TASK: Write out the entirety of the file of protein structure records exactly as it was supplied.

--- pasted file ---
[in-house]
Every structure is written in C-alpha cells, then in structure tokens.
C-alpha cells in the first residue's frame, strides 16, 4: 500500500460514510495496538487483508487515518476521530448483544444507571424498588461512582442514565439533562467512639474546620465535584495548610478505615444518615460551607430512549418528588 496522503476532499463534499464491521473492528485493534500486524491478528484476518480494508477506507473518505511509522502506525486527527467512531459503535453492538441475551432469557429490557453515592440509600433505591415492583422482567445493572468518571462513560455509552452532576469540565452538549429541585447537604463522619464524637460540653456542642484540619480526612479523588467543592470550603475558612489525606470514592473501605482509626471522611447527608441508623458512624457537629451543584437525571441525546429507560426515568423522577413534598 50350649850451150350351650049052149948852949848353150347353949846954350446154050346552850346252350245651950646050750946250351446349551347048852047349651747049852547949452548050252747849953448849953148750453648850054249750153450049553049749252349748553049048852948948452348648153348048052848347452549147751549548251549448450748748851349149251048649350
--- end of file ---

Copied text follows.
[in-house]
Every structure is written in C-alpha cells, then in structure tokens.
C-alpha cells in the first residue's frame, strides 16, 4: 500500500460514510495496538487483508487515518476521530448483544444507571424498588461512582442514565439533562467512639474546620465535584495548610478505615444518615460551607430512549418528588 496522503476532499463534499464491521473492528485493534500486524491478528484476518480494508477506507473518505511509522502506525486527527467512531459503535453492538441475551432469557429490557453515592440509600433505591415492583422482567445493572468518571462513560455509552452532576469540565452538549429541585447537604463522619464524637460540653456542642484540619480526612479523588467543592470550603475558612489525606470514592473501605482509626471522611447527608441508623458512624457537629451543584437525571441525546429507560426515568423522577413534598 50350649850451150350351650049052149948852949848353150347353949846954350446154050346552850346252350245651950646050750946250351446349551347048852047349651747049852547949452548050252747849953448849953148750453648850054249750153450049553049749252349748553049048852948948452348648153348048052848347452549147751549548251549448450748748851349149251048649350